Monsters popped up all over the place in 2013. They came out of oceans, lakes and forests around the world. And they didn't deliberately attempt to scare humans -- we just tend to be frightened by things that are bigger than we expect and that look totally scary to us.
We're also very attracted to larger-than-life grotesque creatures. The past year's offerings included a giant squid; monster goldfish; several unexplained lake denizens; some alleged chupacabras with penetrating blue eyes; and totally odd fish.
Check out our 2013 year in monster madness:
NHK / NEP / Discovery Channel
For centuries, sailors have reported encounters with a giant squid, the monster Kraken that has reportedly attacked ocean-going ships. And now, a Japanese team has captured video of a 26-foot-long squid
in the North Pacific Ocean. They found the creature after 100 missions in a cramped submarine. On Jan. 27, the video footage of the giant squid will be shown on the Discovery Channel program, "Monster Squid: The Giant Is Real."
This goldfish is definitely too big for a typical glass bowl. But Lake Tahoe -- located on the border of California and Nevada -- seems big enough for a population of unusually large goldfish
that can grow to almost 1.5 feet long. It's believed the fish were dumped into the lake by aquarium owners, and the fish are thriving at a fast pace. The only problem with this is that, according to experts, the "monster" goldfish may have a negative impact on Lake Tahoe's ecosystem.
Was it just an unusual wave? Or maybe amateur photographer David Elder snapped a photo of Nessie, the legendary Loch Ness monster
. In August, Elder spotted the unusual wave-like disturbance near the southwest end of the 23-mile-long lake in Scotland, and he was "convinced this was caused by a solid black object under the water." In other Nessie News, a cruise company has insured its tourist boats against potential damage by the Loch Ness monster
Conall Melarkey / YouTube
A film crew captured an unusual fast-moving object under the water
of Lough Foyle in northern Ireland. The dark whatever-it-is moved swiftly between two boats, causing filmmaker Conall Melarkey (no, not "malarkey") to suggest it may have been a whale. But the Belfast Telegraph accused the film crew of creating a hoax.
On Oct. 25, an unusual object appeared
off the coast of Australia's Magnetic Island -- an object that resembled images taken over the years of something similar in Scotland's Loch Ness. This Down Under "thing" seems to have a long, curved neck attached to a body. While some eyewitnesses think this is a relative of the Loch Ness monster, others say it's more likely the half-sunken hull of a boat.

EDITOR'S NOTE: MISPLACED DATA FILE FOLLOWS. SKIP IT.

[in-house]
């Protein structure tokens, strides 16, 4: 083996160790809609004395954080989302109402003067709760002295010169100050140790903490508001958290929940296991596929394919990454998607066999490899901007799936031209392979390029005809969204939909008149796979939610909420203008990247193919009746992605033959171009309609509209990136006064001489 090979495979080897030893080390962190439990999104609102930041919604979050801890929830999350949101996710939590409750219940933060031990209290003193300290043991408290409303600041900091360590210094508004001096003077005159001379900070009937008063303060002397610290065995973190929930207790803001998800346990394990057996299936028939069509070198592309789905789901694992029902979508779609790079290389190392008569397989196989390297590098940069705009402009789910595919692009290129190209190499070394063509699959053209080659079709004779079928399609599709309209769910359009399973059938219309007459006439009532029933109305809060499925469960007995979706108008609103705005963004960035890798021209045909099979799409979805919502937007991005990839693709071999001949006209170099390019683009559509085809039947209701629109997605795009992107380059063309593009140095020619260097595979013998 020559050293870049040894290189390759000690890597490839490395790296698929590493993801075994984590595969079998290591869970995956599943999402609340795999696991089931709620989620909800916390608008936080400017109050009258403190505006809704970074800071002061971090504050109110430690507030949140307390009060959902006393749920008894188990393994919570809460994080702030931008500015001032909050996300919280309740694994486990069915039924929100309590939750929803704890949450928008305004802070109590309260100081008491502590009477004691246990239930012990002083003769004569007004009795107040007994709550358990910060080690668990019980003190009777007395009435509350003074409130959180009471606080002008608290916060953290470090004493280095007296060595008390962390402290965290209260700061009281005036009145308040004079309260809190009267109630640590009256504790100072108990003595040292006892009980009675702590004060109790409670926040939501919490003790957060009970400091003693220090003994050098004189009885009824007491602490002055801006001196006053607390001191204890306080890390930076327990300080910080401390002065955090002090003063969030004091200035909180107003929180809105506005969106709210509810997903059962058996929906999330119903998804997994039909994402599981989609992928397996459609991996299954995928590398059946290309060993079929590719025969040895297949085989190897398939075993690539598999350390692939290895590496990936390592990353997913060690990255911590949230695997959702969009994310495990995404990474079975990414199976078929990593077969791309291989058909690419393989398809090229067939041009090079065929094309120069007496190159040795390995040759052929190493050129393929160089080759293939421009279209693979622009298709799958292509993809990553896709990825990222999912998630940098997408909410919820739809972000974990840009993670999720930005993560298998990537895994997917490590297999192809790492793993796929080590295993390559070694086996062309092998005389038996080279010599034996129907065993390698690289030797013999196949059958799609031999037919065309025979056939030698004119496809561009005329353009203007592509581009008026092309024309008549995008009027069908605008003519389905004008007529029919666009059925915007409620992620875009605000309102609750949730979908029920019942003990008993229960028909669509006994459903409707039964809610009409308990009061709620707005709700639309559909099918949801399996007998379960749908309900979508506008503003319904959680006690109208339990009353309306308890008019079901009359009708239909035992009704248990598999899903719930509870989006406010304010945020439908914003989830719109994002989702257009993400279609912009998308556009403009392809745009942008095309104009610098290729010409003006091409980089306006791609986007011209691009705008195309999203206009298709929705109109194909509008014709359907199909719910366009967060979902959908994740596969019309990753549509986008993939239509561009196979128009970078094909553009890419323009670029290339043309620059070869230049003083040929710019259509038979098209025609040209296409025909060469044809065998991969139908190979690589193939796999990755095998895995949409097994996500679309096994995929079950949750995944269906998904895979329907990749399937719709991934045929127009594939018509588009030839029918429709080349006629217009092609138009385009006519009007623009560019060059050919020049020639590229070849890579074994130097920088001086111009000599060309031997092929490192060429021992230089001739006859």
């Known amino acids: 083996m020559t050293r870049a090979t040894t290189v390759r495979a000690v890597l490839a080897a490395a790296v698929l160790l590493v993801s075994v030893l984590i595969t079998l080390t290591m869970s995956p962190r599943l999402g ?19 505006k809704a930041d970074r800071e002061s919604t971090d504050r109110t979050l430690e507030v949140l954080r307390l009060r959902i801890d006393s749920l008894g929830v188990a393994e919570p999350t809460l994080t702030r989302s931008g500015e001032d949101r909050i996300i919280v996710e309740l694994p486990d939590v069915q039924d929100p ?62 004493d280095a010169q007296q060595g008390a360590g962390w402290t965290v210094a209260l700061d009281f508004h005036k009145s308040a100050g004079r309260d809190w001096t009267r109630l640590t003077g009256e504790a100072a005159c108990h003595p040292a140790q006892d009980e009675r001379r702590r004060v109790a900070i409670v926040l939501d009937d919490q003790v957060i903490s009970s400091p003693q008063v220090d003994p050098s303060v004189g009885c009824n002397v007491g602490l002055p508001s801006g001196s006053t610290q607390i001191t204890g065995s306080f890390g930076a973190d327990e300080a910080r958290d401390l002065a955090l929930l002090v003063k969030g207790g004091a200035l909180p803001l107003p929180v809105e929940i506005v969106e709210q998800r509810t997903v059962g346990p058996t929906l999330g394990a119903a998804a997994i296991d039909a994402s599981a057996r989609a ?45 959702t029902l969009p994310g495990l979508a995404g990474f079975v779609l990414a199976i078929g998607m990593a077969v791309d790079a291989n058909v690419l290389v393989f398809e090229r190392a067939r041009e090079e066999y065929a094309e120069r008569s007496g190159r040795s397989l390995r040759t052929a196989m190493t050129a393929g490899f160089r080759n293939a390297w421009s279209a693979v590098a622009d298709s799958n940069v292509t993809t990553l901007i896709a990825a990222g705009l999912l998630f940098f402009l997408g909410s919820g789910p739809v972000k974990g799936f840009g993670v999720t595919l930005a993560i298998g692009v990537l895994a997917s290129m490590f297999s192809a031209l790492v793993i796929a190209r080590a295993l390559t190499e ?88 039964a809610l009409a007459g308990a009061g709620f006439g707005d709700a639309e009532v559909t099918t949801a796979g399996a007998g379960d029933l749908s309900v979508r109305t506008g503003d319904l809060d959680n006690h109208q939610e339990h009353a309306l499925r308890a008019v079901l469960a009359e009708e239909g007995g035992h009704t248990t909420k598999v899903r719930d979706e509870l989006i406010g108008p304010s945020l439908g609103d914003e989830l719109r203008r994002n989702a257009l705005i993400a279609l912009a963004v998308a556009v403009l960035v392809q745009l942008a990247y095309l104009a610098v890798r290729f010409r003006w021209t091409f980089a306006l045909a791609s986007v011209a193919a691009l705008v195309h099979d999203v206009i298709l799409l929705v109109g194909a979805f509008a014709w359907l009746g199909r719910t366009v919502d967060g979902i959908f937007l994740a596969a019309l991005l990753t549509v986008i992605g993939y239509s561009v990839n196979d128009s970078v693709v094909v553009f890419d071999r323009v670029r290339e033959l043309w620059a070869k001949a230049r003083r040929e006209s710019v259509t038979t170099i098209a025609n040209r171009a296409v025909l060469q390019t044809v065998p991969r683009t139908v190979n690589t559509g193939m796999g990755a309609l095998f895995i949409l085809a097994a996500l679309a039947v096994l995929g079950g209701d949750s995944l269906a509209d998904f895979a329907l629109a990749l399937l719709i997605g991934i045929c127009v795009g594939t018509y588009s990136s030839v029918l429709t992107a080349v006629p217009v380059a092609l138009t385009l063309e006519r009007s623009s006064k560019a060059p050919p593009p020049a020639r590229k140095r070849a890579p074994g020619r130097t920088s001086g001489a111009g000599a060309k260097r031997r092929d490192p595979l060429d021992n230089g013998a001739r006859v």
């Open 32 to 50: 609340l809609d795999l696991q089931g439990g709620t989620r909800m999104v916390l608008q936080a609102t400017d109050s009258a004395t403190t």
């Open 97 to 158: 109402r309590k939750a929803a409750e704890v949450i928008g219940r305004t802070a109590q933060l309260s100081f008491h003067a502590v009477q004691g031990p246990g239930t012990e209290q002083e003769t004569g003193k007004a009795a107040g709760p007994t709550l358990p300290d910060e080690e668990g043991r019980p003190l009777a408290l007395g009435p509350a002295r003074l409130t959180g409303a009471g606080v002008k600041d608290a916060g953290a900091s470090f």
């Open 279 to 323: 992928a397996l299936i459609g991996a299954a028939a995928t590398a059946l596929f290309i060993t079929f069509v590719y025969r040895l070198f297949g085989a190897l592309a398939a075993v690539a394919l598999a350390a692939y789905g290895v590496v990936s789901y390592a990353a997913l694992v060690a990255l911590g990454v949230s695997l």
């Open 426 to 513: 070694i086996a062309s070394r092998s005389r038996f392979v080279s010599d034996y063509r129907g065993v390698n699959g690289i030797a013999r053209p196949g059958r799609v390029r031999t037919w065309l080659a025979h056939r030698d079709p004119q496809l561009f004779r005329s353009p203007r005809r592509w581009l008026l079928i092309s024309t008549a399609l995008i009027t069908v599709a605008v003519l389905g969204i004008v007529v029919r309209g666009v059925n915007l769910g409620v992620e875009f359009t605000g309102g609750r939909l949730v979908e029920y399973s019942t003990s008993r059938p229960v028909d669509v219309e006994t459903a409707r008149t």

Most animal experts consider the goat-sucking creatures known as chupacabras to be a myth. The animal has a reputation of attacking, killing and drinking the blood of various types of livestock in different countries. But in recent years, some bizarre-looking four-legged creatures have been spotted in Mexico and the southern U.S. and blamed for the deaths of livestock. These hairless dog-like animals
have a slightly blue tint to their bodies and extremely -- almost menacing -- deep blue eyes. After some of them were killed, DNA analysis suggested they were coyotes afflicted with mange skin disease. These images are from nutritionist Phylis Canion, who found the animal near her Cuero, Texas, ranch in 2007. The creature pictures were shown on the new Science Channel series, "The Unexplained Files," which debuted on Aug. 28. And in September, a Mississippi man shot and killed what he believes was a chupacabras
-- and he said it had glowing red eyes.
While this isn't a monster in the larger-than-life sense, it's still rare and deadly. A fishing boat in the Arctic Ocean caught this unusual-looking creature, known as a knifenose chimaera
-- fish that have lived in Earth's oceans for over 350 million years. Researchers believe the fish uses its long proboscis to find smaller fish to eat. It also has a poisonous spine on its front dorsal fin. You wouldn't want to encounter a group of these animals while out for a leisurely swim.
It's weird how some of the most feared monsters in our culture are actually, in theory, former humans. That would, of course, be zombies, better known as the walking dead
. Why are so many people obsessed with zombies and a perceived zombie apocalypse, as depicted in movies and TV shows? And this isn't just an American cultural thing. The image here shows people dressed up as zombies as they take part in the Zombie Walk on Oct. 19, the last day of the 2013 Serbian Fantastic Film Festival in Belgrade, Serbia. By 2011, the zombie industry was worth more than $5 billion. But fear not -- it's still easy to outrun a group of the walking dead.